Released on September 17th, Korean drama series on Netflix, the Squid Game marked the record of 111M views within the first 28 days, surpassing its predecessor Bridgerton. The whole world was in “obsession” with the Squid Game; not only in a mere scale of imitating the characters or mini-games that appear in the series but to the scale of where people created their own “squid game”, although differentiating with the original “squid game” by excluding the severe violence. After 46 days of the top spot-on Netflix, Squid Game bestowed its crown to another Korean drama series Hellbound. Hellbound was released on November 20th, and it became the world’s most-watched series on Netflix in more than 80 countries within 24 hours since its debut.
Although both Squid Game and Hellbound are fantasy horror, those two series are clearly in different categories. Squid Game depicts a survival game controlled and manipulated by humans, just like Hunger Game. Hellbound illustrates the dystopian world where humans are told about their destined death by a celestial figure and when the appointed time arrives, the executives from the hell come and send them to hell by incinerating them. Despite this difference, those two series mesmerized the popularity. Did they have something in common that is special, which others don’t? What made them so exceptional?
Despite the fact that they are fantasies. Hellbound and Squid Game are painfully realistic. In Squid Game, the subjects are motivated by their debts to participate in such a hazardous, inhumane game. In Hellbound, even in such a hopeless condition that is uncontrollable, humans somehow manage a way to make profits from the despairing phenomenon. Both series display the harsh reality of capitalism. They demonstrate how rather than the gruesome violence caused by the gun or horrifying creature, the gruesome mindset of humans that utilize each other for their good can be more repulsive. It is notable how both series criticize the miserable consequence of capitalism since the contents of both series are motivated by capitalism: people’s urge to gain money and the society that encourages people to do so.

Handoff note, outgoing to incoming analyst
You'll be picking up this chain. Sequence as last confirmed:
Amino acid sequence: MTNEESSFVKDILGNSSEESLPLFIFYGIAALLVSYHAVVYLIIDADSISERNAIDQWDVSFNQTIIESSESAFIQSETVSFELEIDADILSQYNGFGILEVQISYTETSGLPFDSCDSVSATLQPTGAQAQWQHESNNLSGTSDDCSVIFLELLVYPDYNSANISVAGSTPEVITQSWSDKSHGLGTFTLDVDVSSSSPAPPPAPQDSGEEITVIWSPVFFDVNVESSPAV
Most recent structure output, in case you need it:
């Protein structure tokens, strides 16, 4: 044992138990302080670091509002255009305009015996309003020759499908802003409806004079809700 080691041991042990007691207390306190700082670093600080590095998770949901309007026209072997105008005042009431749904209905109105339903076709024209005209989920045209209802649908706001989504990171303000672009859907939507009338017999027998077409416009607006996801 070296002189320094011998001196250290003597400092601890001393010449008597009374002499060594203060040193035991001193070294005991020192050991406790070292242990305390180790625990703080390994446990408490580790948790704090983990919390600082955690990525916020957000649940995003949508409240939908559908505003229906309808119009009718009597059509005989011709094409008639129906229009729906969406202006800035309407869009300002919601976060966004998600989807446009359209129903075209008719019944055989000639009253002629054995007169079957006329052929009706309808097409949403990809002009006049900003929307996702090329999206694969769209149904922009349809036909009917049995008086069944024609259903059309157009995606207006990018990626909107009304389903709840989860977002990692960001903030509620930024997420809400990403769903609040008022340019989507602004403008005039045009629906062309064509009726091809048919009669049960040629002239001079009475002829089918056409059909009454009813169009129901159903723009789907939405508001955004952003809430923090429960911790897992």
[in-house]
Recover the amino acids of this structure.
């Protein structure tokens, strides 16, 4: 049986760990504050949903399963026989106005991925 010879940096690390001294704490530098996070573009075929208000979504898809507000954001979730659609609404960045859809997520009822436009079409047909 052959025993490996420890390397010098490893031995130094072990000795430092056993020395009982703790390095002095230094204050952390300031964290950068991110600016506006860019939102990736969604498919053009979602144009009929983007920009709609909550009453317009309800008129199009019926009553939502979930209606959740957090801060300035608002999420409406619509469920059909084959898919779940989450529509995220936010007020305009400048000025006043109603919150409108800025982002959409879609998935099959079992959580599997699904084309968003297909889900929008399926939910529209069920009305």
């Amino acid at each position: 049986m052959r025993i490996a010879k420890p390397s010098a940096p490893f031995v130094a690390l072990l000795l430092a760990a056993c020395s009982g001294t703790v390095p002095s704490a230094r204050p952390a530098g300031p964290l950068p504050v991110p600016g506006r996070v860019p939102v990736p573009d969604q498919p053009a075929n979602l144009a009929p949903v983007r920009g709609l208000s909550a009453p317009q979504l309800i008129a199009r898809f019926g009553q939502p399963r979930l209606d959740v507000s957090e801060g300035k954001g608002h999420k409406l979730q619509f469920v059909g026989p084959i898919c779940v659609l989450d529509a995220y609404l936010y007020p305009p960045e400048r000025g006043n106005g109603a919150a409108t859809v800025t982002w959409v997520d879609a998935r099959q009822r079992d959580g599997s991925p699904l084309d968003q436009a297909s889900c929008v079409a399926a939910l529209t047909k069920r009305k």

Squid Game and Hellbound are also very violent. Lots of blood, harsh language, and physical conflicts are included in the contents. Now, the majority of popularity is enthralled by those contents. Calling it “Catharsis”, people feel the virtual joy by watching unrealistic violence that is most unlikely to happen in their own real life.
There is one thing that these two common features tell us: the current society is exhausted. Criticism of capitalism and display of brutal reality must resonate emotions from audiences, and people believe that those emotions are solved by watching violence, consequently feeling “catharsis”.
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